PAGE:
Creating a Personal or Company Budget with OpenOffice/StarOffice Calc
Part 1: Basics
Mike Angelo -- 21 December 2003 (C) -- Page 3
To finish formatting the budget spreadsheet, let's center the main document title across the eight columns. In order to do that, we have to merge cells A1 through H1. Please see Figure 3, below.
To do that, let's select those cells by typing A1:H1 into the cell selection input box on the Formula Bar and hitting Enter. Then Click on Format > Merge Cells > Define.
Bang! The title jumps right into the center. That's because we already centered the title at the beginning of this tutorial.
In similar fashion, please separately merge the cells for Income (A4:B4), Fixed Expenses (D4:E4), and Regular Expense Estimates (G4:H4).
That finishes the budget spreadsheet formatting. Your budget now should look very much like the one in Figure 3, except the dollar amounts remain to be added.
This would be a good place to save your work.
Before adding the dollar amounts data to your budget spreadsheet, let's set it up so that Calc does all the math for you. This is the real power of electronic spreadsheets such as OpenOffice/StarOffice Calc. They can do the math.
Part of the doing-the-math power is that as you add or change numerical data, an electronic spreadsheet automatically can update all the calculations that depend upon the added or changed data.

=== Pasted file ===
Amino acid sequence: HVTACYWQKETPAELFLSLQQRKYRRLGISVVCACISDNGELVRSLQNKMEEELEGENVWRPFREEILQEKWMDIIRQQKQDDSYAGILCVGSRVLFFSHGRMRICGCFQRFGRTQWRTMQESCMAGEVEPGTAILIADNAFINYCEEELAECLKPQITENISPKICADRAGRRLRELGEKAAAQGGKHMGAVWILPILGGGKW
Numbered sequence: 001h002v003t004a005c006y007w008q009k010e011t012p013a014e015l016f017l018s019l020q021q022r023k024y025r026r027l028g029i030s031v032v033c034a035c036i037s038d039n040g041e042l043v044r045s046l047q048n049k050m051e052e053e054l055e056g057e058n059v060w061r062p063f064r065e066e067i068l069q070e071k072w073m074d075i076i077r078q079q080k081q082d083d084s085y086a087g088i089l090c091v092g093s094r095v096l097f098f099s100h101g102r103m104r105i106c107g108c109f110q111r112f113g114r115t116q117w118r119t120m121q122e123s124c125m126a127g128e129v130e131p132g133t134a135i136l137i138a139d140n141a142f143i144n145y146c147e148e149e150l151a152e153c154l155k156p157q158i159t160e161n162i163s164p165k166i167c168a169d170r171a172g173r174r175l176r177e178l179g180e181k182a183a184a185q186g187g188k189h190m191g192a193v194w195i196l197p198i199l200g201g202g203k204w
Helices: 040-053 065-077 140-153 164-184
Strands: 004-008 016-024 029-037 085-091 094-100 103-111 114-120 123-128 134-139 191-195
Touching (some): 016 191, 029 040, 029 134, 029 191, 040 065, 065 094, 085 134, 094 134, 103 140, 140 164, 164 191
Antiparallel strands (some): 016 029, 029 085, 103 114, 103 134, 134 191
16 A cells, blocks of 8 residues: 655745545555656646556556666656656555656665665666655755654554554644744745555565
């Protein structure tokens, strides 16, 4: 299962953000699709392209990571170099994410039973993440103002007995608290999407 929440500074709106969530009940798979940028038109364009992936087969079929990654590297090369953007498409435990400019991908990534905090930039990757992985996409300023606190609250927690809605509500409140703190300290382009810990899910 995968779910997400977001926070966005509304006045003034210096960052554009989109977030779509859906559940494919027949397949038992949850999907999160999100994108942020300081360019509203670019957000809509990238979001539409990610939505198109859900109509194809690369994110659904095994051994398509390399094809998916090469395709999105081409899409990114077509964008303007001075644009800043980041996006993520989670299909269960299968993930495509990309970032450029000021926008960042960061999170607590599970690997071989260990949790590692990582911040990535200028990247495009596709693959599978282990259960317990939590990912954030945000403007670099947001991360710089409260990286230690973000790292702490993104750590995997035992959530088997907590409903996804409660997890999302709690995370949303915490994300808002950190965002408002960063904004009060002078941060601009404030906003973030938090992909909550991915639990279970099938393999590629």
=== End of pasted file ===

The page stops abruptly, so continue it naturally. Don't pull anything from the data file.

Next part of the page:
Total Income (cell B12) is the sum of cells B6 through B11. So, select cell B12 and type =SUM(B6:B11) into the Formula box on the Formula Bar. That's the data-input box just above Column D in Figure 3.
The Total Fixed Expenses (cell E12) gets =SUM(E6:E11) and Total Estimates (cell H12) gets =SUM(H6:H11).
Total Expenses (B14) is the sum of Total Fixed Expenses (E12) and Total Estimated Regular Expenses (H12). Therefore, select cell B14 and type =SUM(E12+H12) in the Formula box.
Disposable Income (B16) is the difference between Total Income (cell B12) and Total Expenses (B14). So set =SUM(B12-B14) into the Formula box for cell B16.
This would be a good place to save your work. By the way, if you would like to use this budget setup for different budgets, you also can save it now as a template. Template is one of the Save as type choices in the Save As panel.
Are you ready to add data to your budget spreadsheet and watch Calc automatically do the math for you?
Remember that because you set your budget spreadsheet to format currency automatically, you do not have to type the $ sign or any commas when you input the dollar amounts for items.
Now please type these numbers into the appropriate cells: Day Job 1600, Moonlight Job 400, CD Interest 75, Mortgage Payment 400, Car Payment 250, Internet Connection 20, Food 400, Gas 50, Electric 75,and Phone 25.
As you type in each amount, please notice how Calc automatically updates all the totals that depend on the amount added. These amounts are all arbitrary. If you like you can use actual amounts that apply to you instead.
That should do it. Nice work.
In Part II of the Calc budget tutorial (coming soon), we will add some polish and extras including a chart.
To let the OpenOffice.org people know how you think they can make OpenOffice even better, Louis Suarez-Potts asks that you let them know at usersATopenoffice.org. (Substitute @ for AT)
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